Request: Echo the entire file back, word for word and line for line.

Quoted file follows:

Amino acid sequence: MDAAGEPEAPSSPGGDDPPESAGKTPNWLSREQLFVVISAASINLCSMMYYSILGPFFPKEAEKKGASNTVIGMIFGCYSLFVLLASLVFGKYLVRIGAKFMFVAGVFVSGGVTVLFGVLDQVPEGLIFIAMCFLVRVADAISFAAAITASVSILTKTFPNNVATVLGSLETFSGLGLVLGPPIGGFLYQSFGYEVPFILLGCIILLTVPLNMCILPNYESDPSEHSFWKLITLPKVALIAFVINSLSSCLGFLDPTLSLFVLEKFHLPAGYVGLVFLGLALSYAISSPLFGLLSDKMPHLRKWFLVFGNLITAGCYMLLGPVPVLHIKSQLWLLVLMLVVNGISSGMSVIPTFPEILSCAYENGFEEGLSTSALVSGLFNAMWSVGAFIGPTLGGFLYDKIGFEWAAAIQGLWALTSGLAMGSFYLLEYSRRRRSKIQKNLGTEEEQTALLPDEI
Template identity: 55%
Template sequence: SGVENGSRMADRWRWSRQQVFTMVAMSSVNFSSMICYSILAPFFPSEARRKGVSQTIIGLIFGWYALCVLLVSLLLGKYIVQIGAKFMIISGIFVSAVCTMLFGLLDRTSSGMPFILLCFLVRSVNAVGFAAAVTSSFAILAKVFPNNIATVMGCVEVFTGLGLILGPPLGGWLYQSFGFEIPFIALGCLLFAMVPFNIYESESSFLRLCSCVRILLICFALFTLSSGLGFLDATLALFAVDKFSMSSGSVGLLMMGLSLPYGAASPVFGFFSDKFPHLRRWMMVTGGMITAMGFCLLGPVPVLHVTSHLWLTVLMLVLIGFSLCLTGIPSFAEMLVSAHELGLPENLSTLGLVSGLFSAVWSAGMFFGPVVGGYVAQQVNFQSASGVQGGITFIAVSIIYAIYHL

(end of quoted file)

Amino acid sequence: MDAAGEPEAPSSPGGDDPPESAGKTPNWLSREQLFVVISAASINLCSMMYYSILGPFFPKEAEKKGASNTVIGMIFGCYSLFVLLASLVFGKYLVRIGAKFMFVAGVFVSGGVTVLFGVLDQVPEGLIFIAMCFLVRVADAISFAAAITASVSILTKTFPNNVATVLGSLETFSGLGLVLGPPIGGFLYQSFGYEVPFILLGCIILLTVPLNMCILPNYESDPSEHSFWKLITLPKVALIAFVINSLSSCLGFLDPTLSLFVLEKFHLPAGYVGLVFLGLALSYAISSPLFGLLSDKMPHLRKWFLVFGNLITAGCYMLLGPVPVLHIKSQLWLLVLMLVVNGISSGMSVIPTFPEILSCAYENGFEEGLSTSALVSGLFNAMWSVGAFIGPTLGGFLYDKIGFEWAAAIQGLWALTSGLAMGSFYLLEYSRRRRSKIQKNLGTEEEQTALLPDEI
Template identity: 55%
Template sequence: SGVENGSRMADRWRWSRQQVFTMVAMSSVNFSSMICYSILAPFFPSEARRKGVSQTIIGLIFGWYALCVLLVSLLLGKYIVQIGAKFMIISGIFVSAVCTMLFGLLDRTSSGMPFILLCFLVRSVNAVGFAAAVTSSFAILAKVFPNNIATVMGCVEVFTGLGLILGPPLGGWLYQSFGFEIPFIALGCLLFAMVPFNIYESESSFLRLCSCVRILLICFALFTLSSGLGFLDATLALFAVDKFSMSSGSVGLLMMGLSLPYGAASPVFGFFSDKFPHLRRWMMVTGGMITAMGFCLLGPVPVLHVTSHLWLTVLMLVLIGFSLCLTGIPSFAEMLVSAHELGLPENLSTLGLVSGLFSAVWSAGMFFGPVVGGYVAQQVNFQSASGVQGGITFIAVSIIYAIYHL